"Consent should be given by an unambiguous affirmative act freely given, on a case-by-case basis, in an informed and unambiguous manner, that the data subject consents to the processing of personal data relating to him or her, such as a written statement, which may also be given electronically, or an oral statement.
This could be done by ticking a box when visiting an Internet pageby selecting technical settings for information society services or by any other statement or conduct by which the data subject unambiguously indicates his or her consent to the intended processing of his or her personal data in the relevant context.
Silence, boxes already checked or inactivity on the part of the data subject should therefore not constitute consent. Consent should cover all processing operations carried out for the same purpose or purposes. Where the processing serves several purposes, consent should be given for all those processing purposes. Where consent is requested from the data subject by electronic means, the request should be made in a clear and concise manner and without unnecessary interruption of the service for which consent is given."
#7 Special Problem Social Plugins
There is a particular issue with the integration of social plugins. Here, in addition to the setting of cookies, the personal data of your website visitors is automatically sent to the corresponding social network.
According to a recent ruling of the ECJ of 29 July 2019 the personal data of the website visitor may only be transmitted to the social network etc. after the corresponding consent has been granted. Therefore, it must be ensured that the social Plugin only becomes active if the website visitor has previously given his consent by ticking the corresponding checkbox. (This ruling still refers to the "Data Protection Directive", i.e. the predecessor regulation of GDPR ; however, the result also applies to GDPR ).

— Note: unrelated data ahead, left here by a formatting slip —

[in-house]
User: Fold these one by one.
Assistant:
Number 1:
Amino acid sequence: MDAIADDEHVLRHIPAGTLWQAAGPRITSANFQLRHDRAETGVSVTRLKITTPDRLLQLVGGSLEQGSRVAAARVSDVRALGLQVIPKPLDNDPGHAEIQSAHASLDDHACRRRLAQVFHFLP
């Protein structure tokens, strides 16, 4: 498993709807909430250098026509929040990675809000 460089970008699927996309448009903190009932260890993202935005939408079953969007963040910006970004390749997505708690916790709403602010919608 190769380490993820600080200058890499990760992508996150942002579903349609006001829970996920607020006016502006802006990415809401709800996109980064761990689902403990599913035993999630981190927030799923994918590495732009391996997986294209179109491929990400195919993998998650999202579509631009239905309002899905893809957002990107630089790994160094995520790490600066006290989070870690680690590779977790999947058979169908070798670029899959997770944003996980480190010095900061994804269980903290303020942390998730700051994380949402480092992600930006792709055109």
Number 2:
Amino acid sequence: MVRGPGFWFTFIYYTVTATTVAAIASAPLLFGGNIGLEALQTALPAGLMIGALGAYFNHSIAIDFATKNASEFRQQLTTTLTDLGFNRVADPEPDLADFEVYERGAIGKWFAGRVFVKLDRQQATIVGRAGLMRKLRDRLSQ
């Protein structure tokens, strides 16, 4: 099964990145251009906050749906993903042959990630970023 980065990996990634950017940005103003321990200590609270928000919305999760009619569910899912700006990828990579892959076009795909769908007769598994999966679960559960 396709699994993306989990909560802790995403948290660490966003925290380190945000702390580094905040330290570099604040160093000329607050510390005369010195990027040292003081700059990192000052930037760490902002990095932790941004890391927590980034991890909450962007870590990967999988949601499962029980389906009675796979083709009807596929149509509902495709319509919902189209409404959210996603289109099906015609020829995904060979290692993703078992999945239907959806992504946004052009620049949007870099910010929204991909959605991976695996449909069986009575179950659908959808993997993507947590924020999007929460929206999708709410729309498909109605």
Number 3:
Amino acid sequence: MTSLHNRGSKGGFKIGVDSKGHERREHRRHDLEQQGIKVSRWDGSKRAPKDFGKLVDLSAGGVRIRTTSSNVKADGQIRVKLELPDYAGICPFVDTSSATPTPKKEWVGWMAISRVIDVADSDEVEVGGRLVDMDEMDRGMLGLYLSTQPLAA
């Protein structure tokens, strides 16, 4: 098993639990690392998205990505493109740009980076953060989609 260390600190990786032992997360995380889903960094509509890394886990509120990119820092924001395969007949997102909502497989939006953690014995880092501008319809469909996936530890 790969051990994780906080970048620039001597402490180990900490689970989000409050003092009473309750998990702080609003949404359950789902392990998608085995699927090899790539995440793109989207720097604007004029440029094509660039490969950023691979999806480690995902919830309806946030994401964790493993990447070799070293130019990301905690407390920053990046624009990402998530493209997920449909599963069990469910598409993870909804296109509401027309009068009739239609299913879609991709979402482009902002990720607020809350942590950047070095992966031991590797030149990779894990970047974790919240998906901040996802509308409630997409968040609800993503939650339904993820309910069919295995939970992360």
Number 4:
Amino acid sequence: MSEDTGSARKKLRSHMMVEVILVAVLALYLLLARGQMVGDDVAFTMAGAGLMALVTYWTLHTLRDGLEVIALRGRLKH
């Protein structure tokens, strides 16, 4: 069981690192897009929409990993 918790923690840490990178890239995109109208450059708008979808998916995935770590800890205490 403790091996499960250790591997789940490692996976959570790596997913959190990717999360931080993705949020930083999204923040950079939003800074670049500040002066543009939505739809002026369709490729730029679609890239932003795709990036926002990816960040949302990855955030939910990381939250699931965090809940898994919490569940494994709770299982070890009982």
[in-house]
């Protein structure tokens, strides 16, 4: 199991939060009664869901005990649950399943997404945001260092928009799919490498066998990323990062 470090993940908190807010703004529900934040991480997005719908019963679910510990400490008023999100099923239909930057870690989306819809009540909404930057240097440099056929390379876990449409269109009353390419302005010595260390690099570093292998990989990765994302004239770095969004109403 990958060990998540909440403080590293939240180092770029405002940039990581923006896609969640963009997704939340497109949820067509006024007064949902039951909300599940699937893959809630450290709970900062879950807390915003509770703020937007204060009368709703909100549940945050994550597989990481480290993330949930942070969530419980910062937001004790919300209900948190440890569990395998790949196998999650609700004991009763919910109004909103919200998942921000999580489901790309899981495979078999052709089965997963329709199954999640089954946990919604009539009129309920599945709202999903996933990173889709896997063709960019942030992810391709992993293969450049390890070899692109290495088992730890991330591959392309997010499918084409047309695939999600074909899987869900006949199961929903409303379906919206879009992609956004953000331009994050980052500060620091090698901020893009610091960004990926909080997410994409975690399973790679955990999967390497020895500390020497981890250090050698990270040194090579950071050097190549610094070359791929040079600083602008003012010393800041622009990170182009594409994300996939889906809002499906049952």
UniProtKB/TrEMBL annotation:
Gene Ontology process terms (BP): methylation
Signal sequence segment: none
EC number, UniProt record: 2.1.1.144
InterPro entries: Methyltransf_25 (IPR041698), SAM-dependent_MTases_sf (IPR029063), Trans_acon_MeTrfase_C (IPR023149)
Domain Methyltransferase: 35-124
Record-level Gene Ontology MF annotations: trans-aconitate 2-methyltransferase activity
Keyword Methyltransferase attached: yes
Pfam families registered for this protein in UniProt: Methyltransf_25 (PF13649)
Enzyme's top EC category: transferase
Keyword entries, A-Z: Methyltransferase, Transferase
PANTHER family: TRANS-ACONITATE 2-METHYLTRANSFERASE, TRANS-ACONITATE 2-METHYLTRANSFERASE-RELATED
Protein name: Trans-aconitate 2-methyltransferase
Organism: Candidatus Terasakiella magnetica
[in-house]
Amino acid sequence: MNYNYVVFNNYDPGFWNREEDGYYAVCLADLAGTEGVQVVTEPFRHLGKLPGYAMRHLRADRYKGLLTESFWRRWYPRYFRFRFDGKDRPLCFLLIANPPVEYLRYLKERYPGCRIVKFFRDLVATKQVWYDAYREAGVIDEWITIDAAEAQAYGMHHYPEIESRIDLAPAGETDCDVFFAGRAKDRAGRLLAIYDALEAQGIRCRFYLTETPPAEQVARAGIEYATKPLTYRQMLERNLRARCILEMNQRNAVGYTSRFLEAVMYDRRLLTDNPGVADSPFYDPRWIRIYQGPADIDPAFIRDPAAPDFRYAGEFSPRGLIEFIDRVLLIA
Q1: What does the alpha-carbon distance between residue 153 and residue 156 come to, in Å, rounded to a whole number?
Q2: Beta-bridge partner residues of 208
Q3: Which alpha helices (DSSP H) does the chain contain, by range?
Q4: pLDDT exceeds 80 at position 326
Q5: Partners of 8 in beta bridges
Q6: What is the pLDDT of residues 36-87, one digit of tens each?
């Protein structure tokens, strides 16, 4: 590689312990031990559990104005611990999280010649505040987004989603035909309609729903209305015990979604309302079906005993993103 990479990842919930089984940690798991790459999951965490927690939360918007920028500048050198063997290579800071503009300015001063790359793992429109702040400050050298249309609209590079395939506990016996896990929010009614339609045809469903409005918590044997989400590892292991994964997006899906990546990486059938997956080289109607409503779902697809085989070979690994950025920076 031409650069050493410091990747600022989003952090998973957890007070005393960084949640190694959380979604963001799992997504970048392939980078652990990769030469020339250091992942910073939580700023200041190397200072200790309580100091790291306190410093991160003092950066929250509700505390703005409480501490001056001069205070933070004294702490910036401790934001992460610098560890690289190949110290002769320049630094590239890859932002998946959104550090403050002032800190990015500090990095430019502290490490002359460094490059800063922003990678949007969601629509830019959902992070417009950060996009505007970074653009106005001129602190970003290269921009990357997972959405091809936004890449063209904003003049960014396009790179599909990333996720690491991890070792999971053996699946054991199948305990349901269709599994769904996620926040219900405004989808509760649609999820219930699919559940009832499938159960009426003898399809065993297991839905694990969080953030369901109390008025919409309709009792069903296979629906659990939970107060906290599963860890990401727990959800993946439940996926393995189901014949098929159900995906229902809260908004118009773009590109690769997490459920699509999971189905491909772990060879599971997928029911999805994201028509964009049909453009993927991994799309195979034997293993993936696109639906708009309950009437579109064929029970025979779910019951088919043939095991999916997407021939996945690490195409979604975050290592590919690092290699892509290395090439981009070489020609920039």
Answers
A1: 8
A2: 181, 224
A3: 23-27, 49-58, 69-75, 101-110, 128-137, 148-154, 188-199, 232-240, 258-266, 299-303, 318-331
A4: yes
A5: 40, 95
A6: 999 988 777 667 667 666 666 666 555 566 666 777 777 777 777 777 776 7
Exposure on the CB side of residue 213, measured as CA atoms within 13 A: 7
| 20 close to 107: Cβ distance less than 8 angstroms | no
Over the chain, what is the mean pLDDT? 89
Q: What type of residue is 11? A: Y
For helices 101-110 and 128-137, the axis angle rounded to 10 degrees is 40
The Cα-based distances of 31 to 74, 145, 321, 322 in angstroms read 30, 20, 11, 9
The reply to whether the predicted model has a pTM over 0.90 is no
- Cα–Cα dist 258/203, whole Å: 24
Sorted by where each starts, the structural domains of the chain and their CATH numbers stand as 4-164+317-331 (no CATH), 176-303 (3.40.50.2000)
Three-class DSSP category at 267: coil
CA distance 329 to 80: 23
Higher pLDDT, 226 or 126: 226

Designing a cookie banner correctly, i.e. in compliance with the law, is not witchcraft. And it is also not a disadvantage for the website operator. After all, visitors to a website should also be treated fairly. And this also includes providing transparent information about what happens when the website is accessed. Only then are website visitors in a position to make a well-informed decision about whether and, if so, what data they want to disclose. Just as many website developers and operators are reluctant to be spied on by third parties, they should also give visitors to their own website the opportunity to decide for themselves what data they do or do not want to disclose.
Contributed image: Emily Wilson | Unsplash
More images: Rawpixel | pexels, Raidboxes